The contributors to The Purple Book and those associated with ‘Blue Labour’ share a commitment to extreme localism.  David has re-emphasised that belief in his article this week.  However, what is striking about this commitment is how pointless it is as a response to the major issues of the day.  Few, if any, banks are based locally – perhaps they should be but they are not.  It is incredibly difficult to see how effective economic regulation can be achieved by greater localism.  Similarly, David wants to decentralise public services but at the same time fails to explain how this can do anything other than exacerbate the postcode lottery in welfare that Labour has historically sought to diminish.  Greater powers can and should be given to local government but this also requires a compact between central and local government.  The ‘big society’ is an attack not only on central government but also local authorities.  An essential task for Labour is to defend the state, both central and local.

In the week that David chose to write his article Ed has effectively tapped into the sense of unfairness felt, legitimately, by the British people against astronomical bankers’ bonuses.  We should have the confidence in our traditional values, not because we wish to retreat into our comfort zone but because they are both right and popular with the electorate.

You can read Roy Hattersley and Kevin Hickson's original article "In Search of Social Democracy" in Political Quarterly here.


Daniel said...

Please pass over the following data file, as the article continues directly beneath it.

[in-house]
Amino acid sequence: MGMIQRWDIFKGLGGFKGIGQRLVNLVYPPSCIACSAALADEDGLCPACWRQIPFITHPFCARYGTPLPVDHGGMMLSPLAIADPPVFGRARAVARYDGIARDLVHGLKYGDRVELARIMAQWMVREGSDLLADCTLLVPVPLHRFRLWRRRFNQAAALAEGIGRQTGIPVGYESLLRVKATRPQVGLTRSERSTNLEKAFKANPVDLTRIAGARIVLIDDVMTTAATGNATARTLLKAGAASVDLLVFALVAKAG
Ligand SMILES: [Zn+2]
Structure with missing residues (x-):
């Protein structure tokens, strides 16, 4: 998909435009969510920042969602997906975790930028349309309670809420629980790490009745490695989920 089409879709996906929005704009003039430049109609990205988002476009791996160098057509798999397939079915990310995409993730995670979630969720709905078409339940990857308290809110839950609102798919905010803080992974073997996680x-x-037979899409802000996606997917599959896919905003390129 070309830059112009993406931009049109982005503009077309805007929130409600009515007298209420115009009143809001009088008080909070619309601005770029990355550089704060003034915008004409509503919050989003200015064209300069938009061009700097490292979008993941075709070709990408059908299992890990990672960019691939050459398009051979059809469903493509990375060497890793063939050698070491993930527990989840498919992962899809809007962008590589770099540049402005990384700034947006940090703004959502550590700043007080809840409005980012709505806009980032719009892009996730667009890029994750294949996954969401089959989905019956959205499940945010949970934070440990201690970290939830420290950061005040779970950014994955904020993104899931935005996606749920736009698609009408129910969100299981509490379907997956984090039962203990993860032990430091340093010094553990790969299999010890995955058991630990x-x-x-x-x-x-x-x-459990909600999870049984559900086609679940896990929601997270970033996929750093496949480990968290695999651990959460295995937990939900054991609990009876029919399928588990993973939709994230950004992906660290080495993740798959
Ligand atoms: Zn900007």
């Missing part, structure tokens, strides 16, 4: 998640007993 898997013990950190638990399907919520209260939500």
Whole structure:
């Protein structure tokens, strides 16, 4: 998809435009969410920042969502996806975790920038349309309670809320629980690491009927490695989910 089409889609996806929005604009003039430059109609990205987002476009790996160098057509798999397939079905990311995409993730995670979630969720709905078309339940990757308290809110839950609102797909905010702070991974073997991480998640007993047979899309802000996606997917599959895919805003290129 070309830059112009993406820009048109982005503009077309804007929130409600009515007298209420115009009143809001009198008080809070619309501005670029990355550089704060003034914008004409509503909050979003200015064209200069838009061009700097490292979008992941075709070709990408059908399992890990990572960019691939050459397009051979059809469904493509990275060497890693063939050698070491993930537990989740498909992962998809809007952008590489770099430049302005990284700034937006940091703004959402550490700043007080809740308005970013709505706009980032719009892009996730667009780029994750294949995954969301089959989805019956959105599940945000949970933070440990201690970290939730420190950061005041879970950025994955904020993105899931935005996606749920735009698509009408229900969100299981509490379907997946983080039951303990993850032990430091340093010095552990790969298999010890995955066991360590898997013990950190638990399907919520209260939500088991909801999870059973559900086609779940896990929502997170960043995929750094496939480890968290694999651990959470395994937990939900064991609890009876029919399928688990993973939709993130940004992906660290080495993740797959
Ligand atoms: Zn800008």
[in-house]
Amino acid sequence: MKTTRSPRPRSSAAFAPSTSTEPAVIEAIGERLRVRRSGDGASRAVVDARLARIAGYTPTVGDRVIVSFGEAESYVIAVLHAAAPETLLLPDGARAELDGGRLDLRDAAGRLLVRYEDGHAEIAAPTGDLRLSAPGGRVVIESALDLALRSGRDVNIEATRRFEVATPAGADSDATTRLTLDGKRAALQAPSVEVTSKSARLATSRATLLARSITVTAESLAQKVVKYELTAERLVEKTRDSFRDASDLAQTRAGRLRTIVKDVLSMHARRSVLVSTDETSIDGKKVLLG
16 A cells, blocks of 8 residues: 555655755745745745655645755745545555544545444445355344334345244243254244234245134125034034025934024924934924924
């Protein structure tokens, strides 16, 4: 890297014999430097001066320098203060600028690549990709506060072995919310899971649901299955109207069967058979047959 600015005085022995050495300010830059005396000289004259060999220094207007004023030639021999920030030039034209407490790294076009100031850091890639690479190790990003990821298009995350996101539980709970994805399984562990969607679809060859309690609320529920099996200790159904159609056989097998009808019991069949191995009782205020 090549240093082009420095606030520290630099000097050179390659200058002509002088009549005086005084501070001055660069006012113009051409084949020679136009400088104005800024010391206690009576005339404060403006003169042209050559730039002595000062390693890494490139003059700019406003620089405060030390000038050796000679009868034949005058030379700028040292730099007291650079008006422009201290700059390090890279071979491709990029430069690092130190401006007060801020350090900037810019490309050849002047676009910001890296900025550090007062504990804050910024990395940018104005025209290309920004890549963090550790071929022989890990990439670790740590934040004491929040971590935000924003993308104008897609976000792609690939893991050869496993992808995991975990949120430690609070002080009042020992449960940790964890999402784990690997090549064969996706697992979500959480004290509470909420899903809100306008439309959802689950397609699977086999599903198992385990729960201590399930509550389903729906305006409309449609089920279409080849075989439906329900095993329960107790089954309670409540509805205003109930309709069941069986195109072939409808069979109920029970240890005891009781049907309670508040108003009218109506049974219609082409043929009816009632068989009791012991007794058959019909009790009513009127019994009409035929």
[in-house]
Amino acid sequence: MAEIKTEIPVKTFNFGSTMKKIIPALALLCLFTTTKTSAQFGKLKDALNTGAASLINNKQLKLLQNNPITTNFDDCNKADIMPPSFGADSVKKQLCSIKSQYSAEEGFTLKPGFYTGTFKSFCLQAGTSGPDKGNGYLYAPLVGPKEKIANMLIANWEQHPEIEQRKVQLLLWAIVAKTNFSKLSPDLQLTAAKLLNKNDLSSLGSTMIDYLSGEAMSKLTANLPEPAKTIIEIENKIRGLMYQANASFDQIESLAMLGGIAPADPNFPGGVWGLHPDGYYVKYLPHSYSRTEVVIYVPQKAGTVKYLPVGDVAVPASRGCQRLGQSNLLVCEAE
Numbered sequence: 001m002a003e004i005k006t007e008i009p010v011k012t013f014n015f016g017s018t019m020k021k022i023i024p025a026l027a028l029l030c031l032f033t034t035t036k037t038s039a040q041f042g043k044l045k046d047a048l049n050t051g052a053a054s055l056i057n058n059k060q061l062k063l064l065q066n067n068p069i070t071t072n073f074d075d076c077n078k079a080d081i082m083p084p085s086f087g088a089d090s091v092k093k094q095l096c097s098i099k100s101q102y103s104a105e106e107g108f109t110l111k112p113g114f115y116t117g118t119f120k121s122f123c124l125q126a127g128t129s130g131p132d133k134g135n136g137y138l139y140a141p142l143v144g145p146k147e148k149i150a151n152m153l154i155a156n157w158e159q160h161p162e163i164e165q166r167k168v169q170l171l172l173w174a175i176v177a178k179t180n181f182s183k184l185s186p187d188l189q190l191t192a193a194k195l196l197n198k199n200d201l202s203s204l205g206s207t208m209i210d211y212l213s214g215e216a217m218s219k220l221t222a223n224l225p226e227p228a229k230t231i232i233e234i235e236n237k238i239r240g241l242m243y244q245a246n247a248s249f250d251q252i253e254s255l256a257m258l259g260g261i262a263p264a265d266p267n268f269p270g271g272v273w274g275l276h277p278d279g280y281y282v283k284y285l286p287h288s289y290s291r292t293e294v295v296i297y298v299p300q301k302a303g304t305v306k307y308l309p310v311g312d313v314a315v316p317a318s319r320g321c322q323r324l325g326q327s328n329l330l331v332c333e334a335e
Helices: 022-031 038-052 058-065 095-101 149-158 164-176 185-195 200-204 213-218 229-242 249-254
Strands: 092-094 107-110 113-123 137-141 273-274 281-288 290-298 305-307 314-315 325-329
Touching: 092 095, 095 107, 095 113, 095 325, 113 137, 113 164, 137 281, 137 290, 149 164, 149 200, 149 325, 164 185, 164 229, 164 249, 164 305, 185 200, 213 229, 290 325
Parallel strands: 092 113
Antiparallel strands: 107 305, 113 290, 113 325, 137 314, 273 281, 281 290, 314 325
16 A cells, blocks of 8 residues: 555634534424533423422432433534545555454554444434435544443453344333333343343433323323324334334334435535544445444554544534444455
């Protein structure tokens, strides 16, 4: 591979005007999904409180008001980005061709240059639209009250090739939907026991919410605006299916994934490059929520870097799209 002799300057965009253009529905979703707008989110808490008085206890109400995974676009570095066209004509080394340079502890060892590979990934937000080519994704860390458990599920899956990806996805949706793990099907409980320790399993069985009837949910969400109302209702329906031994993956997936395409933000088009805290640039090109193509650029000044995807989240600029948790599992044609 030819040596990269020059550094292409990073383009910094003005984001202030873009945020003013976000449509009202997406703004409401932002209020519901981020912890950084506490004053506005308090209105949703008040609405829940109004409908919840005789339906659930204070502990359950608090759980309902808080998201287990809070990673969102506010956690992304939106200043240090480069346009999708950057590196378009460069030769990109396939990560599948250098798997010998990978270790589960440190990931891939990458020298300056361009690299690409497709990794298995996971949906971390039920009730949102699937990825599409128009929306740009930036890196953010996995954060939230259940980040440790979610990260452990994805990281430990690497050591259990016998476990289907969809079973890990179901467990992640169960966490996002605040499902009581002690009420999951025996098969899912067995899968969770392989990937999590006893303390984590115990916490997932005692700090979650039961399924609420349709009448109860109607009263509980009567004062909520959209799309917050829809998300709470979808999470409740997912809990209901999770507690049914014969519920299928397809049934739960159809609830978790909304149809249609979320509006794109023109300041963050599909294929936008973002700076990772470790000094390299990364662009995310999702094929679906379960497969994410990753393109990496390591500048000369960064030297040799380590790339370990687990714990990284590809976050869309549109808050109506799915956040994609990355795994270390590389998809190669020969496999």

Have to disagree with both your criticisms of localism here.

1) You point out that regulation of banks can't be handled locally but I've yet to hear a single promoter of localism go to the extremes of saying financial regulation should be handled locally. Bit of a strawman?
2) You claimed that localism leads to a postcode lottery. I think it's quite the opposite. Yes, localism will lead to postcode difference but since people will have the power to change things through local politics then at least the power is in their hands.

Compare this to the overly centralised system we have where there's still postcode differences, but rather than determined by local voters they're determined either by Whitehall civil servants who may not understand your local community at all, or a government of national politicians, possibly from a party that your local community strongly disagrees with.

There's going to be postcode differences in either system, but with localism it's determined by local voters rather than by factors beyond their control. It's the centralised system that leads to a postcode lottery!

Localism has many advantages over centralisation.
• It allows radical new ideas to be tested on a small scale before being attempted on a more national scale.
• It ensures that decisions about towns/villages are made by people who understand the area rather than civil servants reading abstract reports in a London office.
• Different parties are prominent in different areas. It'll be quite likely that the preferred party of a local area is different to the one that's in government. Giving more powers to local democracies will shield their voters from suffering too much from a national government that they oppose.

I personally feel that many of Blair's failings came from the belief that to make positive change he needed to control the world from Whitehall. If Labour wish to progress in battling the ills they face, learning to better trust local governments chosen by local voters.

Tac said...

Worth a thought for the future